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Revised homeward-bound thread
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moosehead



Joined: 05 May 2007

PostPosted: Thu Oct 22, 2009 10:27 pm    Post subject: Reply with quote

Hey I think this thread is a good idea - I do browse Dave's from time to time -

fyi, I was in K from 2003 to July of 2009; taught every place from public to private to camps to tutoring; coming back was exciting and great to see old friends and drink beer in an American bar and hear English spoken all around.

I bought a pick up truck w/i a week of returning and drove cross the U.S., picked up my storage and headed out to San Francisco to finish my MFA in film school. Have joined various org's and become involved in the community - I have a place in Berkeley - and am also taking steps to earn my credentials to teach here in California.

reverse culture shock has been very real for me - it's almost gone but not completely. At first it was just being around crowds and grocery shopping, I still have difficulty buying bread - jees it's so expensive now - but also there are so many different grains! hard to decide.

I miss s.e. asia and hope to return some day. I'm glad to have had the experience I had and totally recommend it to anyone who wants a new experience - especially if you even think you want to be a writer - there is nothing worse than writers who've never been anywhere and try and write stories about things they only imagine - !! get out and see the world, take a chance.

the wars going on tho do weigh heavy on my mind - I'm already starting to have nightmares again about nukes - I honestly believe the entire time I was in K I never had a nightmare about war despite being in such a hotspot region - yet here I am back in the U.S. and reality sets in about this govt and here come the nightmares.

anyway, peace to all and go ahead and post if you have any qs.

yes, it's good to be home
Cool

*addendum* how come Dave's is never slow out of K??!!
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joyce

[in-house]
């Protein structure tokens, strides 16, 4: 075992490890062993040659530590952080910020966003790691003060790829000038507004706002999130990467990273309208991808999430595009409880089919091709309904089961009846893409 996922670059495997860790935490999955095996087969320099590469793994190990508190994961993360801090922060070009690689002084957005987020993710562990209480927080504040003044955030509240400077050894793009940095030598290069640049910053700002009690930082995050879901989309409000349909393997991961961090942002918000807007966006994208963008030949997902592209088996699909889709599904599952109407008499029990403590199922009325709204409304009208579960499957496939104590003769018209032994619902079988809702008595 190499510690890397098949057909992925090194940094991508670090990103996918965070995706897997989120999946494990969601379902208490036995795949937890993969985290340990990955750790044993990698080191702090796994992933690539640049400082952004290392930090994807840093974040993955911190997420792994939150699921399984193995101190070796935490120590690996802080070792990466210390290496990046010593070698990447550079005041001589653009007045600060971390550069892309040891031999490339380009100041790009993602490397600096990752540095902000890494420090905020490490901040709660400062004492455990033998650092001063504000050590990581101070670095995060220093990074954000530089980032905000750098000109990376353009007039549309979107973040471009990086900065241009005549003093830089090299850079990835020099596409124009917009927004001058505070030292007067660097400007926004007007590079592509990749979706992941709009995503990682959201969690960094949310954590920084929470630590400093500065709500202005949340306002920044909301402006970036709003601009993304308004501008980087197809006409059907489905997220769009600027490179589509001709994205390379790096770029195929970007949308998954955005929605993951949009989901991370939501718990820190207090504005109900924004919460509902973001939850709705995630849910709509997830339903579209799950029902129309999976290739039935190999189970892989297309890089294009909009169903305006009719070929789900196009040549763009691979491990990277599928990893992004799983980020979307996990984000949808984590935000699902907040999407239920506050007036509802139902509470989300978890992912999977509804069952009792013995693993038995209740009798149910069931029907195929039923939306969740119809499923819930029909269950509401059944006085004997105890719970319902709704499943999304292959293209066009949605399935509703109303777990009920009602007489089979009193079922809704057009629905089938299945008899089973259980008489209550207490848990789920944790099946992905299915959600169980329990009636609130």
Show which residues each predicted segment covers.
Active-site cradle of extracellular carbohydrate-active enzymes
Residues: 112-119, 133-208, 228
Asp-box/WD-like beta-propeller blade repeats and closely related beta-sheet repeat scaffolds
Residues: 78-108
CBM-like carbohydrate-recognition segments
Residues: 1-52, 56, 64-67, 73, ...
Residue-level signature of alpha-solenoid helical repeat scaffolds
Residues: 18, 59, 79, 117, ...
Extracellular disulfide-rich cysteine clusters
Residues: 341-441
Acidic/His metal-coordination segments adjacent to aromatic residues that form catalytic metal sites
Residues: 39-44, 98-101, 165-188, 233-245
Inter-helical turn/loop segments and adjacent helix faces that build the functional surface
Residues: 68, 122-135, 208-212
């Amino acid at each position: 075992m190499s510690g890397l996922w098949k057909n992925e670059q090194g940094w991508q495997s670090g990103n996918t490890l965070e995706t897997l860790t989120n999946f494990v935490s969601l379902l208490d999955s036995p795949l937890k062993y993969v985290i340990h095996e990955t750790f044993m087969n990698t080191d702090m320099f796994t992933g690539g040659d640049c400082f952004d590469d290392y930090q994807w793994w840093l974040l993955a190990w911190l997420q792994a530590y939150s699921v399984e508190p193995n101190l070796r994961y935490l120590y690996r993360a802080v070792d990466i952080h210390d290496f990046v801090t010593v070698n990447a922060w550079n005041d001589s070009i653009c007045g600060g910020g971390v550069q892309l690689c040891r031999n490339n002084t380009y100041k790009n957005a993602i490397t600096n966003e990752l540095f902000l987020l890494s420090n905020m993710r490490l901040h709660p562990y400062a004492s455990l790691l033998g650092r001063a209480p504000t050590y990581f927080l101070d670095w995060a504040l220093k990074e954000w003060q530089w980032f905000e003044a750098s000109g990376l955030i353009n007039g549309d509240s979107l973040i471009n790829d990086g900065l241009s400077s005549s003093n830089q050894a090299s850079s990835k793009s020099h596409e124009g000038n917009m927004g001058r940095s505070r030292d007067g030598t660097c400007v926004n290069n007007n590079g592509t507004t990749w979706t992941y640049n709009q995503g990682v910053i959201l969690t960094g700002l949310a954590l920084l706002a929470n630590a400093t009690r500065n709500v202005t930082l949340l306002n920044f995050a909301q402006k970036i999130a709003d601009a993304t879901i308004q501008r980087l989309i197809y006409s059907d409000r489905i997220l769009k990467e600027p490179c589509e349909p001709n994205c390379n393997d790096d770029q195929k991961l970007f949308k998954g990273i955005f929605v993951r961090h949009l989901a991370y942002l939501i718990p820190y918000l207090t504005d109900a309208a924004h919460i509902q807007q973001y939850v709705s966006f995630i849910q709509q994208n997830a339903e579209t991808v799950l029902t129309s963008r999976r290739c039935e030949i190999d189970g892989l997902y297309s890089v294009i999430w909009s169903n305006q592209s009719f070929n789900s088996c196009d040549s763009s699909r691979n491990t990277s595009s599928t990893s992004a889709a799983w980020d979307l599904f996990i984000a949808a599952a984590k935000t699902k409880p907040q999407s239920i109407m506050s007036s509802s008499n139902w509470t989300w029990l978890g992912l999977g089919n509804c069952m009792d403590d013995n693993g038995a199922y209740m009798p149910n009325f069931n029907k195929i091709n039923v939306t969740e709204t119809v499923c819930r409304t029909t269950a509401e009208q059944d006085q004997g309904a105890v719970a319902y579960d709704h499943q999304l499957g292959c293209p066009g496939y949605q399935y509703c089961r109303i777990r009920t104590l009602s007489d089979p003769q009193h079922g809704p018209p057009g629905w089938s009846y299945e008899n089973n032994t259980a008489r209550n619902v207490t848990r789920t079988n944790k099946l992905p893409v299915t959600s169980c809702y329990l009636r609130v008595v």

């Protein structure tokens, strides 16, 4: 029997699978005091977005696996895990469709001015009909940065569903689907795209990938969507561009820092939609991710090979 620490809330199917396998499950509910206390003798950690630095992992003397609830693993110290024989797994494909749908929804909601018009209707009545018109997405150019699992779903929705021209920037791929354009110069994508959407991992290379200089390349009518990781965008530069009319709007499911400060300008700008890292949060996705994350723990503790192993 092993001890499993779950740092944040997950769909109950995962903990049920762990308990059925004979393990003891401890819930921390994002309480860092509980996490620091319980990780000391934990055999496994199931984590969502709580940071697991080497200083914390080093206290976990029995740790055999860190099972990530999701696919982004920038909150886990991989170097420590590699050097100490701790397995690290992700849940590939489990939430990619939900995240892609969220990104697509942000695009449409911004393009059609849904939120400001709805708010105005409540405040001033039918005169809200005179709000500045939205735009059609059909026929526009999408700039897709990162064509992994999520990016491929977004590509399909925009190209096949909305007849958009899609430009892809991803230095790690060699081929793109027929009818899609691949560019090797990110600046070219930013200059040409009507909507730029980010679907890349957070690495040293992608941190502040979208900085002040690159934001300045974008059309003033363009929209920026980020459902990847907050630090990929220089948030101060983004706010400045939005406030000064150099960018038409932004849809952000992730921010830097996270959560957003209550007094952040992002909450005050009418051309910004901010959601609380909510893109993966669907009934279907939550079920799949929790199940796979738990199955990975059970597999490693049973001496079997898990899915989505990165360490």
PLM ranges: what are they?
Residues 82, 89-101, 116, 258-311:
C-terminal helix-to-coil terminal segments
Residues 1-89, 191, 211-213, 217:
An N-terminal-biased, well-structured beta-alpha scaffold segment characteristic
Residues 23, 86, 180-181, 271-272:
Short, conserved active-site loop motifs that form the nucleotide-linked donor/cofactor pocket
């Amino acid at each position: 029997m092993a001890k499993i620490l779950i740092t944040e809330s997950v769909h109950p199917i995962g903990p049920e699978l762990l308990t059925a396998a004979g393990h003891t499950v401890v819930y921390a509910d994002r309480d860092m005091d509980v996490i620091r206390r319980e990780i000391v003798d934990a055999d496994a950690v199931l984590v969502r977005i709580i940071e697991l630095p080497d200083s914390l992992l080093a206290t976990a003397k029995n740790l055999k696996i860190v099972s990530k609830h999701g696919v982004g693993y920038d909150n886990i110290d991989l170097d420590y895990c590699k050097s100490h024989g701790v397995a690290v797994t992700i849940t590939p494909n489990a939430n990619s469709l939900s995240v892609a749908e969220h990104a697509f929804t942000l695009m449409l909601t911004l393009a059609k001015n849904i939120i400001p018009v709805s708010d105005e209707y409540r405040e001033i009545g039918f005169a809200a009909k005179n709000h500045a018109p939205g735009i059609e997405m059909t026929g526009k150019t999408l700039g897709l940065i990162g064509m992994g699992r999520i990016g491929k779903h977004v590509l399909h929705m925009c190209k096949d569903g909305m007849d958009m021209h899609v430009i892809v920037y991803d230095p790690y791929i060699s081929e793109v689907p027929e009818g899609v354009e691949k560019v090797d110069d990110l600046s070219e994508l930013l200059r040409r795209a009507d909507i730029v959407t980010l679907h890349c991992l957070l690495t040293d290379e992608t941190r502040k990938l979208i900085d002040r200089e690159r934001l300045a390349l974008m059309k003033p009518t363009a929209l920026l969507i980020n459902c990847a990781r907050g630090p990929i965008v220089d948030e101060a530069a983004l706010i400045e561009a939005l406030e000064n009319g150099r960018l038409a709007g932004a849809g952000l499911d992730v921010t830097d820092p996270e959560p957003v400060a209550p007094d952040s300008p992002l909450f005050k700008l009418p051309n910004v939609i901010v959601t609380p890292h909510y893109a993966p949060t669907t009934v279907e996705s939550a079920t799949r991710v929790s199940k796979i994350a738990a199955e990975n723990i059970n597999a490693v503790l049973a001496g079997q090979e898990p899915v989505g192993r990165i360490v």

Joined: 22 Apr 2006

PostPosted: Tue Oct 27, 2009 3:09 am    Post subject: Should we stay or should we go now? Reply with quote

Hi there! Any comments or opinions about my questions would be appreciated! I was single and in my late 20's when I came to Korea. Now I have just started into my 40's with 2 little kids and a Korean husband...I really want to go back to Canada but I am wondering if I would be putting my family in financial peril...what do you think? Do you think it is realistic for me to believe that my husband would be able to find a job that would support the family(at least half) since his English is not perfect and he would only have permanent resident status? And now that the economy is not doing so well, would it be wiser to wait a bit longer?
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PatrickGHBusan



Joined: 24 Jun 2008
Location: Busan (1997-2008) Canada 2008 -

PostPosted: Wed Oct 28, 2009 6:40 am    Post subject: Reply with quote

Jocye, it would be irresponsible for people to answer your question because we are lacking too many facts!

What is your major?
What are you employable as?
How much of a financial cushion do you have?
What is your husbands job in Korea....is it transferable to Canada?
How old are your kids?
Will they need daycare or go to school?


These are only a few questions...

Basically you need to figure this out on your own or provide more information. I for one would not want to provide advice that would end up being faulty because of a lack of information.

If you prefer not to post all this information here feel free to pm me or email me at chrisbusan@yahoo.com

Cheers
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jindodog



Joined: 31 May 2007
Location: not seoul

PostPosted: Wed Nov 18, 2009 11:34 pm    Post subject: Reply with quote